US Department of Defence arms contracts

Assault Rifles

This report is part of AOAV’s investigation into the US DoD spend on small arms, guns and ammunition from Sept 11, 2001 to Sept 10, 2015. Our research found many discrepancies between the contracts published on the DoD’s website and those found on the Federal Procurement Database System- research that can be read here. For information on what a small arm is, please see here. To understand more about US DoD contracts visit here. The investigation also included an examination of US expenditure for small arms for Iraq, which can be read here, and Afghanistan, sehere.

Research carried out by AOAV into sources other than the DoD database found that 490,134 assault rifles were provided to Iraq by the US in the years examined. On the entire DoD database for the years examined, just 18,390 small arms in total were stated to have been provided to Iraq. This figure includes all forms of small arms examined in this study, including machine guns, AK-47s, sniper rifles and pistols. The DoD contracts detail just 3.7% of the total assault rifle provision to Iraq, and 3.6% of the total small arms provision; a huge discrepancy.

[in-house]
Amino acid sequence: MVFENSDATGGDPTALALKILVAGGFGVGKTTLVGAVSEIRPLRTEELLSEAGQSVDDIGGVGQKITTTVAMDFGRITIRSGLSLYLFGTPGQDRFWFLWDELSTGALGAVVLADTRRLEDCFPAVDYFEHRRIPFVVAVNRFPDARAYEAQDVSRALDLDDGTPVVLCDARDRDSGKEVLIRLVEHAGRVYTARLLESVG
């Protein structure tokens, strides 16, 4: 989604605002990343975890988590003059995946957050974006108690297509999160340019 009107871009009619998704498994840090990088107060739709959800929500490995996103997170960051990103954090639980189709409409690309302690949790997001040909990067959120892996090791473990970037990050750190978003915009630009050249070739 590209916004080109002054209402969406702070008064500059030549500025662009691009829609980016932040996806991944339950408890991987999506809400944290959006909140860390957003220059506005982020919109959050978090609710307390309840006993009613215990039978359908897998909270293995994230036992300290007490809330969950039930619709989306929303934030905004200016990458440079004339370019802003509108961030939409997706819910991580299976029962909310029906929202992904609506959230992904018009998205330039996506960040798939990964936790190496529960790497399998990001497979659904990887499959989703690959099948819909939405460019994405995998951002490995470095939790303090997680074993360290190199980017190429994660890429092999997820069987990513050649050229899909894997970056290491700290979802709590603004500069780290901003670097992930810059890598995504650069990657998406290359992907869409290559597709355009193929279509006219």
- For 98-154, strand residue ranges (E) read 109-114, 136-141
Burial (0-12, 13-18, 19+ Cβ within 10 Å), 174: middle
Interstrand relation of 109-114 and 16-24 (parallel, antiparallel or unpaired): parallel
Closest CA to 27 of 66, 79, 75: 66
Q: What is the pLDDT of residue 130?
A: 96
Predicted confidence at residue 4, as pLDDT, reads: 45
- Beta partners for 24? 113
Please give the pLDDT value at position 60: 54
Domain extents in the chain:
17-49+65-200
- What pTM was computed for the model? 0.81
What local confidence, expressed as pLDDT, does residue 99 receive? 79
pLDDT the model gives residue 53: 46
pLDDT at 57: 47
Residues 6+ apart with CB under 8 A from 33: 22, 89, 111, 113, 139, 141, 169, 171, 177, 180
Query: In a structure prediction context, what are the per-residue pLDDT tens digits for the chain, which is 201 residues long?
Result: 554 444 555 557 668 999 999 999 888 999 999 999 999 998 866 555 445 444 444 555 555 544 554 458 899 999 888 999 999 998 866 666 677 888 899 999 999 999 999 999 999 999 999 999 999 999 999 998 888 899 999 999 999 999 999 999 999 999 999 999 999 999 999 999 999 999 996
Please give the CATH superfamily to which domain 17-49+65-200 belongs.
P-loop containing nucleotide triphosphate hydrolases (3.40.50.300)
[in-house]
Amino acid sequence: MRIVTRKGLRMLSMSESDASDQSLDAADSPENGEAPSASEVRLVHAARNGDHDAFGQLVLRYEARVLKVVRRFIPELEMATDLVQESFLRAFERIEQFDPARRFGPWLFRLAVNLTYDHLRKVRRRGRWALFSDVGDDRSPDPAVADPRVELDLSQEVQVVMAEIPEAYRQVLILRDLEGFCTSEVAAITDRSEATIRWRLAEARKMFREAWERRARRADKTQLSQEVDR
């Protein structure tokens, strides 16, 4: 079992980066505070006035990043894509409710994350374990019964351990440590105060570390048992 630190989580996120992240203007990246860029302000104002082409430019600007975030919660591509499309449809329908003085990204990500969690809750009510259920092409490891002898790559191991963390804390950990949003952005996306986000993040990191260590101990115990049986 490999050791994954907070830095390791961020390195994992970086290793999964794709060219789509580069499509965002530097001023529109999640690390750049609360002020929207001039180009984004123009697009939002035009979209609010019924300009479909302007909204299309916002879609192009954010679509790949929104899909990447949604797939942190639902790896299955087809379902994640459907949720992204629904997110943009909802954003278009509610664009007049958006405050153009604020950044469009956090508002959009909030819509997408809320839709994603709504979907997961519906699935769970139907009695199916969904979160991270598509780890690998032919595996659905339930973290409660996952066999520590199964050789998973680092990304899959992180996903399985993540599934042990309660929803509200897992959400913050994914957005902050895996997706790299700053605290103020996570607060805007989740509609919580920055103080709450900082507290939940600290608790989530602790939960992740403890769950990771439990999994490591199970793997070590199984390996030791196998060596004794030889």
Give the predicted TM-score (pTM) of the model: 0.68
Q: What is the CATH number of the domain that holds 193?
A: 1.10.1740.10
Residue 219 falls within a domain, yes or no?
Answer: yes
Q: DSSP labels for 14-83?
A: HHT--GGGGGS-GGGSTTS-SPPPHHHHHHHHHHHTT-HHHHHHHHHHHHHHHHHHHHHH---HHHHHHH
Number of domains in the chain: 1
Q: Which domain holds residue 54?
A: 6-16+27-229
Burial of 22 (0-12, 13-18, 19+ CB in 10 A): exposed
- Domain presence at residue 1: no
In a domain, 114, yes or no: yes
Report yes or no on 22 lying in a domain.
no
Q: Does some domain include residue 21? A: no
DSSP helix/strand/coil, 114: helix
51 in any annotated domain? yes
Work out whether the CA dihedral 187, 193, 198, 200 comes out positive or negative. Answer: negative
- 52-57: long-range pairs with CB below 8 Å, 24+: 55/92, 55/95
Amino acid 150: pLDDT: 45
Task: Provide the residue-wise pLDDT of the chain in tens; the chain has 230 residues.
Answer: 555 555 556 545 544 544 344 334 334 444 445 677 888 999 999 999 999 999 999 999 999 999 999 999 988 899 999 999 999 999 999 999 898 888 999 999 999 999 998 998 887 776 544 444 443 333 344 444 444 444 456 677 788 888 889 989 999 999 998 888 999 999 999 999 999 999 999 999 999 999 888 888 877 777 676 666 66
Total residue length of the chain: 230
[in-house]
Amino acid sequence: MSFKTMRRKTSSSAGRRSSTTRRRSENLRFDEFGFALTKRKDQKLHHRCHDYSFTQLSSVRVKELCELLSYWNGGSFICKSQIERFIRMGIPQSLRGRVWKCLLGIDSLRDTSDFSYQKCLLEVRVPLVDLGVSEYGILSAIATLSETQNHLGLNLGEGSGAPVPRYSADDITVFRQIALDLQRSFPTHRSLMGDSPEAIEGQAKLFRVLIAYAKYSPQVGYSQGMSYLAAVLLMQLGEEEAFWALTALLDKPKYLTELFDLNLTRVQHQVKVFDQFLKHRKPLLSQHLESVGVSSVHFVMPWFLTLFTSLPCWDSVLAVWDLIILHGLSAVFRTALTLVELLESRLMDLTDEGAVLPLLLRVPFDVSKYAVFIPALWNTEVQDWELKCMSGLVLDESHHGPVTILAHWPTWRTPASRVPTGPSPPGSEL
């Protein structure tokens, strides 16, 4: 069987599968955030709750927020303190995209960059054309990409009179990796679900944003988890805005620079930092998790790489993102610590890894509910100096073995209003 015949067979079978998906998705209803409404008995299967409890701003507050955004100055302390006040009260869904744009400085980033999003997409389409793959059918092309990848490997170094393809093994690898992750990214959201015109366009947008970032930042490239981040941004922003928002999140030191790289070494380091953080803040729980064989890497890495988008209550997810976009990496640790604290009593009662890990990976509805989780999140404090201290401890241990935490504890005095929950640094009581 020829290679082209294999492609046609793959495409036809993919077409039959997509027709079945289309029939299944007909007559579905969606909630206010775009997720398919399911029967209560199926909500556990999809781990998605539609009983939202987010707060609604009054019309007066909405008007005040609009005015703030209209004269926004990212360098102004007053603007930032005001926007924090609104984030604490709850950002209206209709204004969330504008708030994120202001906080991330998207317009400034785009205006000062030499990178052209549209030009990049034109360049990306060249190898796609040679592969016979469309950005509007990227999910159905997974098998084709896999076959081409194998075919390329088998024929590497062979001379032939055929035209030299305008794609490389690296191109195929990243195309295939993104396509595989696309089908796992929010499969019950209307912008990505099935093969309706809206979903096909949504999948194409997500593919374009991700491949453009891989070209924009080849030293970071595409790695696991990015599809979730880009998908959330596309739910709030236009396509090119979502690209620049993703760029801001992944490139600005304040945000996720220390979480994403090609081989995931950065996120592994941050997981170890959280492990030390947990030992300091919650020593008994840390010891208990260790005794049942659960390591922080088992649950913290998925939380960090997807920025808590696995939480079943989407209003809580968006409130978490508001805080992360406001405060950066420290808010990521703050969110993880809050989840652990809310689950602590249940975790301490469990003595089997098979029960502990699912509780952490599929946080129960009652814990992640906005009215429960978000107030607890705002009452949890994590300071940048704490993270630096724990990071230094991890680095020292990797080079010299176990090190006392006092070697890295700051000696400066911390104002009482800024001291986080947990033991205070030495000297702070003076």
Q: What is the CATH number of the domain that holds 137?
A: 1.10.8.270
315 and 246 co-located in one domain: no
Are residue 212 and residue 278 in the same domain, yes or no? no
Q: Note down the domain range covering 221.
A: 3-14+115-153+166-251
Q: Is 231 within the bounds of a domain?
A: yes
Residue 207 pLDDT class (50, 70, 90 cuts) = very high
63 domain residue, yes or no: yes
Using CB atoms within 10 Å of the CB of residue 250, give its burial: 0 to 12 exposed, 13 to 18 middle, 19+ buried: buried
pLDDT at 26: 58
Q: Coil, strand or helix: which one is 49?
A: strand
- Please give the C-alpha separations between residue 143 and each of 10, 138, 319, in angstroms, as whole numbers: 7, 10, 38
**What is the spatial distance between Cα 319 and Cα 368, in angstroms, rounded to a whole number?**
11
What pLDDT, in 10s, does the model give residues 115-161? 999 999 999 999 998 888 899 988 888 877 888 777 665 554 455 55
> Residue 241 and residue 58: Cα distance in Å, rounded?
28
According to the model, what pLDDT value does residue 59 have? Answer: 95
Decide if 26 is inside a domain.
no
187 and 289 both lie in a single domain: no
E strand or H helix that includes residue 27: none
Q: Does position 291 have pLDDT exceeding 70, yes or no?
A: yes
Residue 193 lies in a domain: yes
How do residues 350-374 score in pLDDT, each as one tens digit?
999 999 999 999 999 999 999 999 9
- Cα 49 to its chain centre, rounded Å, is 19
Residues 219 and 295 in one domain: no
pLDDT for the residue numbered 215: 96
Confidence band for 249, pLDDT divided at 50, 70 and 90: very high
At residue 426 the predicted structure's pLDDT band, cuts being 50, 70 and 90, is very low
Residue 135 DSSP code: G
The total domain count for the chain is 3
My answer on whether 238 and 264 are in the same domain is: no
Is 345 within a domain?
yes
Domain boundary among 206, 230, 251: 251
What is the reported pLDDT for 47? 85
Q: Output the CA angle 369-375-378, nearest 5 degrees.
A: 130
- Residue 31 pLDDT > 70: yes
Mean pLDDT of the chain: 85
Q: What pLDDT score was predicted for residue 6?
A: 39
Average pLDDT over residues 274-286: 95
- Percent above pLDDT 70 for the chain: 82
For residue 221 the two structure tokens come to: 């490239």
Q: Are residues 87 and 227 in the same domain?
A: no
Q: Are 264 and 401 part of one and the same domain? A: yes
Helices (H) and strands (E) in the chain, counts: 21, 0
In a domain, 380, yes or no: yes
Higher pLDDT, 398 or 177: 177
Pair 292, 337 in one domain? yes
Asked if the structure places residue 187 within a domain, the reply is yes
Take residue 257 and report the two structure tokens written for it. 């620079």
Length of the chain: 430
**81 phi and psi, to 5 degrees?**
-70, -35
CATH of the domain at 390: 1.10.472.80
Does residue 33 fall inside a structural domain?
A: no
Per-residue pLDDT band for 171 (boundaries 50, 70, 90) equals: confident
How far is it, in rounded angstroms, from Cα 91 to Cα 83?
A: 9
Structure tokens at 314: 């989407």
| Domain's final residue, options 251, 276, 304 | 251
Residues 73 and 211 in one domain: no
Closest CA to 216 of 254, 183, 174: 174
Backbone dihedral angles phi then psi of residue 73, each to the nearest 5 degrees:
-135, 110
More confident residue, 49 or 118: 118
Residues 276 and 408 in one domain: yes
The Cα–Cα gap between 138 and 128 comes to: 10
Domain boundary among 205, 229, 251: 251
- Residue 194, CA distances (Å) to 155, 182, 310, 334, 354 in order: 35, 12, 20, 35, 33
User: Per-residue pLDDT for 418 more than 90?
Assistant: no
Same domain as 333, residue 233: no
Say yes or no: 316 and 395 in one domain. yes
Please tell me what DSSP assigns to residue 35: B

The same research with relation to Afghanistan yielded similar trends; according to OCO reports, 139,006 assault rifles (other than AK-47s) were purchased to equip Afghan forces; the DoD on the other hand lists just two instances of small arms being provided to Afghanistan- neither of these are for assault rifles. (DoD contracts detail sniper rifle and machine gun purchases; for more information please go here.)